Stirring up a fight, Obama names consumer watchdog

By Jim Kuhnhenn

Associated Press

Published: Wednesday, Jan. 4 2012 3:35 p.m. MST

President Barack Obama shakes hands with Richard Cordray before speaking about the economy, Wednesday, Jan. 4, 2012, at Shaker Heights High School in Shaker Heights, Ohio. In a defiant display of executive power, President Barack Obama on Wednesday will buck GOP opposition and name Cordray as the nation's chief consumer watchdog. Outraged Republican leaders in Congress suggested that courts would determine the appointment was illegal.

Haraz N. Ghanbari, Associated Press

SHAKER HEIGHTS, Ohio — Defying Republican lawmakers, President Barack Obama on Wednesday barreled by the Senate and installed a national consumer watchdog on his own, provoking GOP threats of a constitutional showdown in the courts. Setting a fierce tone in the election-year fight for middle-class voters, Obama said: "I refuse to take 'no' for an answer."

Obama named Richard Cordray, a respected former attorney general of Ohio, to be the first director of the Consumer Financial Protection Bureau, after giving up on hopes for a confirmation vote in the Senate. The appointment means the agency is able to oversee a vast swath of lending companies and others accused at times of preying on consumers with shady practices.

In political terms, Obama's move was unapologetically brazen, the equivalent of a haymaker at Republicans in the Senate who had blocked his nominee. Acting right after Tuesday's presidential caucuses in Iowa, which showered attention on his opponents, Obama sought to make a splash as the one fighting for the rights of the little guy.

Presidents of both parties long have gotten around a stalled confirmation by naming a nominee to a job when the Senate is on a break through a process known as a recess appointment.

But Obama went further by squeezing in his appointment during a break between rapid Senate sessions this week, an unusual move that the GOP called an arrogant power grab.

The White House said what the Senate was doing — gaveling in and out of session every few days solely to avoid being in recess — was a sham. Obama's aides said the president would not be stopped by a legislative gimmick, even though it was Senate Democrats who began the practice to halt President George W. Bush's appointments.

"When Congress refuses to act, and as a result hurts our economy and puts people at risk, I have an obligation as president to do what I can without them," Obama said from Ohio, a state vital to Obama's re-election bid.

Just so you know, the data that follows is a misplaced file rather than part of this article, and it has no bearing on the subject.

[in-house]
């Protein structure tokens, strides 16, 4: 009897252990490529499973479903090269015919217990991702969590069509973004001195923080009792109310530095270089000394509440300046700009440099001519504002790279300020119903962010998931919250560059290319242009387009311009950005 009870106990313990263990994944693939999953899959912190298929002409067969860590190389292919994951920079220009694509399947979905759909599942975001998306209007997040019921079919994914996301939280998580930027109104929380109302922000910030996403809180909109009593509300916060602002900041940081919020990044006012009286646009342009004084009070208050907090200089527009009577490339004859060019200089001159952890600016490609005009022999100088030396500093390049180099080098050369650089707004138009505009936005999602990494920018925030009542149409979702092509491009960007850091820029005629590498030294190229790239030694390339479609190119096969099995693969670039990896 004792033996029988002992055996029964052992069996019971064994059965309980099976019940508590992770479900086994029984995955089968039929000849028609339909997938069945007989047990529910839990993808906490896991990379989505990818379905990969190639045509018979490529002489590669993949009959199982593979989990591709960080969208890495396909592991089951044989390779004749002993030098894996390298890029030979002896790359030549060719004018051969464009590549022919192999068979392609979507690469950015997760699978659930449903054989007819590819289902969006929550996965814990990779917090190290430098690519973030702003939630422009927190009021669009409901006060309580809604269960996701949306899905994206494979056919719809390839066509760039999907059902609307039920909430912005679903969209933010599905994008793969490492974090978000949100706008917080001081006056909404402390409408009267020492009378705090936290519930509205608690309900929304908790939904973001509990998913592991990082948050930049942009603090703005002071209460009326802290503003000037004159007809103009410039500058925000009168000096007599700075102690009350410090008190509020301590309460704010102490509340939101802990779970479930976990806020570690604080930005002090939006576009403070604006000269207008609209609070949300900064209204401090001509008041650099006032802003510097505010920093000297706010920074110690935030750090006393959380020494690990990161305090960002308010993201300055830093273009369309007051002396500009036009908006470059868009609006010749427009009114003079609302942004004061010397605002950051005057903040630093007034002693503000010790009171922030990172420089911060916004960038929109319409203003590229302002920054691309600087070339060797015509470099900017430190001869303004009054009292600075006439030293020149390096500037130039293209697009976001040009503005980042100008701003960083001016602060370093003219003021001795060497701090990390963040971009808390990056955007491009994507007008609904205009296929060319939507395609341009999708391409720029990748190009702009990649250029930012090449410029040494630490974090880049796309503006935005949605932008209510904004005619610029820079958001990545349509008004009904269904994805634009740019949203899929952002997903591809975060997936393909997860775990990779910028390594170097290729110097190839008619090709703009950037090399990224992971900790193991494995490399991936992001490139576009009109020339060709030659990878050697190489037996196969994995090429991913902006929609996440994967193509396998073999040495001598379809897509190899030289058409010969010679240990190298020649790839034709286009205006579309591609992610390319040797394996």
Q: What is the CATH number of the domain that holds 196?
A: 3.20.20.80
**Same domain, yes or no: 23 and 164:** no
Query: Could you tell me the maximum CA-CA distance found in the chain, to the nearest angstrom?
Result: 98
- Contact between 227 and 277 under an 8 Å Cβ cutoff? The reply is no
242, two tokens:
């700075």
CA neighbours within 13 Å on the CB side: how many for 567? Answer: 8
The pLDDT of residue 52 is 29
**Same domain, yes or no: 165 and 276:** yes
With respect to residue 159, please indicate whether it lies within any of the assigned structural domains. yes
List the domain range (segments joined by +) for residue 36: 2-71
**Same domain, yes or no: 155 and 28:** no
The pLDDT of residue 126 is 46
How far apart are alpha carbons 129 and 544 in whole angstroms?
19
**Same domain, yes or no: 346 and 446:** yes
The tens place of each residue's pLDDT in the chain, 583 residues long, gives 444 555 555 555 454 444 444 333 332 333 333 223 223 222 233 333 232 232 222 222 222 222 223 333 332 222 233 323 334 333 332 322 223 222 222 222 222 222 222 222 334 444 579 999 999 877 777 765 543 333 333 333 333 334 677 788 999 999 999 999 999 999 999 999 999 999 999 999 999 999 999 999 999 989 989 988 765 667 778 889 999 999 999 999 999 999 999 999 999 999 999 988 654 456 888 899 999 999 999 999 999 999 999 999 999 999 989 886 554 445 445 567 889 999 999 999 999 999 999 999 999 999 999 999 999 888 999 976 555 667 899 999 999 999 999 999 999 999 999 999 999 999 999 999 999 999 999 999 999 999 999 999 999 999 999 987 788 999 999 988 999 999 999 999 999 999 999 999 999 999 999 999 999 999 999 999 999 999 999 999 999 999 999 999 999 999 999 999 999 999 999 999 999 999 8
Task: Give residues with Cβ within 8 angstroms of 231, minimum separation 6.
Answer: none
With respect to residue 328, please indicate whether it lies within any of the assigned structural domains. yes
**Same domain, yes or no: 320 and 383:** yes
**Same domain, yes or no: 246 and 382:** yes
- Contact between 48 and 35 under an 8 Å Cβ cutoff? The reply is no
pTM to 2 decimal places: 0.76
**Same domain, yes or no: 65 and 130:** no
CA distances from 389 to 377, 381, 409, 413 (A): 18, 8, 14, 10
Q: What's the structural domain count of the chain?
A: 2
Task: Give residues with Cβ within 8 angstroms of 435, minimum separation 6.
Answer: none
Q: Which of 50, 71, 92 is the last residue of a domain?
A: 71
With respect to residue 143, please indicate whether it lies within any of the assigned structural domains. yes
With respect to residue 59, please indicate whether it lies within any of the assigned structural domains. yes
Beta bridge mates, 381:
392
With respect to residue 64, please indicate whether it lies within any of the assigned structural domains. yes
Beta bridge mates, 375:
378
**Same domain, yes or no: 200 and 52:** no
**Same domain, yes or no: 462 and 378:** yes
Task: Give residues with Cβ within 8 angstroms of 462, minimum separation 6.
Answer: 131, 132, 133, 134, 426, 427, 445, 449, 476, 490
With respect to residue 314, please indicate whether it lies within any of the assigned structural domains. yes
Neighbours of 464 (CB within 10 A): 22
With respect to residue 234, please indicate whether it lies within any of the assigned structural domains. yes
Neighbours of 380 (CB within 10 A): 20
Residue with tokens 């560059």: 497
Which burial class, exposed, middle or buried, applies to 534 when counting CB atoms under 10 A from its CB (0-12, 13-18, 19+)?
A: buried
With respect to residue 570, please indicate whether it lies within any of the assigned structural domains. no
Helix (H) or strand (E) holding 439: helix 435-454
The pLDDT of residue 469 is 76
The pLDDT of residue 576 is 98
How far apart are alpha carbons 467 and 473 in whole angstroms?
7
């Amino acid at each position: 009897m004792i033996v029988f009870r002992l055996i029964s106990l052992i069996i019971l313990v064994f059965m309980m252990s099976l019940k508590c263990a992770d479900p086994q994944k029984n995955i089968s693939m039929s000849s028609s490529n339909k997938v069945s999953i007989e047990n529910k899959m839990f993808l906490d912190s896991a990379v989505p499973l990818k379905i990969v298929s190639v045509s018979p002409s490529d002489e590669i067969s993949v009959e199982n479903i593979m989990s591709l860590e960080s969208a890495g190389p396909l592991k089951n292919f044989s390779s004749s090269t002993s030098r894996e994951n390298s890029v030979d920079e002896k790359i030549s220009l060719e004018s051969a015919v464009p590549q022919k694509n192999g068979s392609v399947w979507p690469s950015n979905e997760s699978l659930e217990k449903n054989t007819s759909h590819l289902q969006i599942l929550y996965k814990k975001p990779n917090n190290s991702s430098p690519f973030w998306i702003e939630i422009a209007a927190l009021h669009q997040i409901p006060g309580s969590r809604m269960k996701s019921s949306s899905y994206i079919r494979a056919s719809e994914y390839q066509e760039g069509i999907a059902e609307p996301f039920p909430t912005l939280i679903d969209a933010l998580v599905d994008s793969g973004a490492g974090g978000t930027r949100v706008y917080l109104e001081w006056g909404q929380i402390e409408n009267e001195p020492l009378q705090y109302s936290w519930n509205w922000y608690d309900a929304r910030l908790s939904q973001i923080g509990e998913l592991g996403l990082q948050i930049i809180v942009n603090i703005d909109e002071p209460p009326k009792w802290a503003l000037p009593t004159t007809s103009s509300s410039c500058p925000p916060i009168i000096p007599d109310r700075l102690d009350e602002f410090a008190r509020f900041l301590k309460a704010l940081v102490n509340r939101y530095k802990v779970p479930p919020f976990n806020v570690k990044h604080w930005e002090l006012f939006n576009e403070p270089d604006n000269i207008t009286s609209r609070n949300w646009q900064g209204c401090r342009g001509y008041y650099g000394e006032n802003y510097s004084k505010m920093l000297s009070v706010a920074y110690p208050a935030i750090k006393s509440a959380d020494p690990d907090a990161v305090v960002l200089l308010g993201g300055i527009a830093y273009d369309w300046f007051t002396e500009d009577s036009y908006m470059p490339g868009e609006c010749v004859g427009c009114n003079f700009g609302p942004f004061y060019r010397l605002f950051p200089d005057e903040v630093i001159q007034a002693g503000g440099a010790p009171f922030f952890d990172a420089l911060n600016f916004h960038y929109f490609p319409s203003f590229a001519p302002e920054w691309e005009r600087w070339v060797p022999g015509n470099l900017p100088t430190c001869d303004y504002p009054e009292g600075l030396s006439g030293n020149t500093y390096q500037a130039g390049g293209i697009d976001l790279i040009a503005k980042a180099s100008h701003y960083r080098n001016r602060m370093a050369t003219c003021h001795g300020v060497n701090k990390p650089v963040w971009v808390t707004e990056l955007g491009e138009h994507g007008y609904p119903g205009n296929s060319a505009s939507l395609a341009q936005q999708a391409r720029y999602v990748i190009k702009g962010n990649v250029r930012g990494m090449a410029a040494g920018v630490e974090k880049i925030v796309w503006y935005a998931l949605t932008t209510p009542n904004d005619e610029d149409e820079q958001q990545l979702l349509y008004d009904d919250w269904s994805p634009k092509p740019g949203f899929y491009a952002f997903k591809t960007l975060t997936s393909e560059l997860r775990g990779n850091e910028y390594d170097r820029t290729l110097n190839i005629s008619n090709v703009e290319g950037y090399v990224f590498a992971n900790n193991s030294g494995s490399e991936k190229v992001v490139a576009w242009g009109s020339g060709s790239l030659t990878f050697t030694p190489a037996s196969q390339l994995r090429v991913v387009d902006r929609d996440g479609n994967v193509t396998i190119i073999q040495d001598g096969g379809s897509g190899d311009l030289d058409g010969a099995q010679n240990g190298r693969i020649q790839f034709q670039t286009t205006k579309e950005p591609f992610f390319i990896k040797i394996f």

Consumer groups hailed Obama's decision; the U.S. Chamber of Commerce balked and warned it was so legally shaky that consumer bureau's work may be compromised.

The response from Republicans was blistering.

The top Senate Republican, Minority Leader Mitch McConnell, said Obama had "arrogantly circumvented the American people" and endangered the nation's systems of checks and balances. Republican Sen. Orrin Hatch of Utah called it a "very grave decision by this heavy-handed, autocratic White House."

And House Speaker John Boehner, R-Ohio, said: "It's clear the president would rather trample our system of separation of powers than work with Republicans to move the country forward. This action goes beyond the president's authority, and I expect the courts will find the appointment to be illegitimate."

Mitt Romney, a leading Republican presidential candidate, accused Obama of displaying "Chicago-style politics at its worst."

It was not immediately clear who might file a suit on the matter. Most likely, a private party regulated by the consumer agency would have the legal standing.

More than a standoff over one significant appointment, the fight speaks to the heart of a presidential campaign under way.

Obama is presiding over a troubled but improving economy. To try to win over voters, he is employing two strategies: in-your-face politics against a Congress held in low public regard, and a campaign pitch that he would represent the crunched middle class better than any of the Republicans he would face.

The Cordray appointment fits both.

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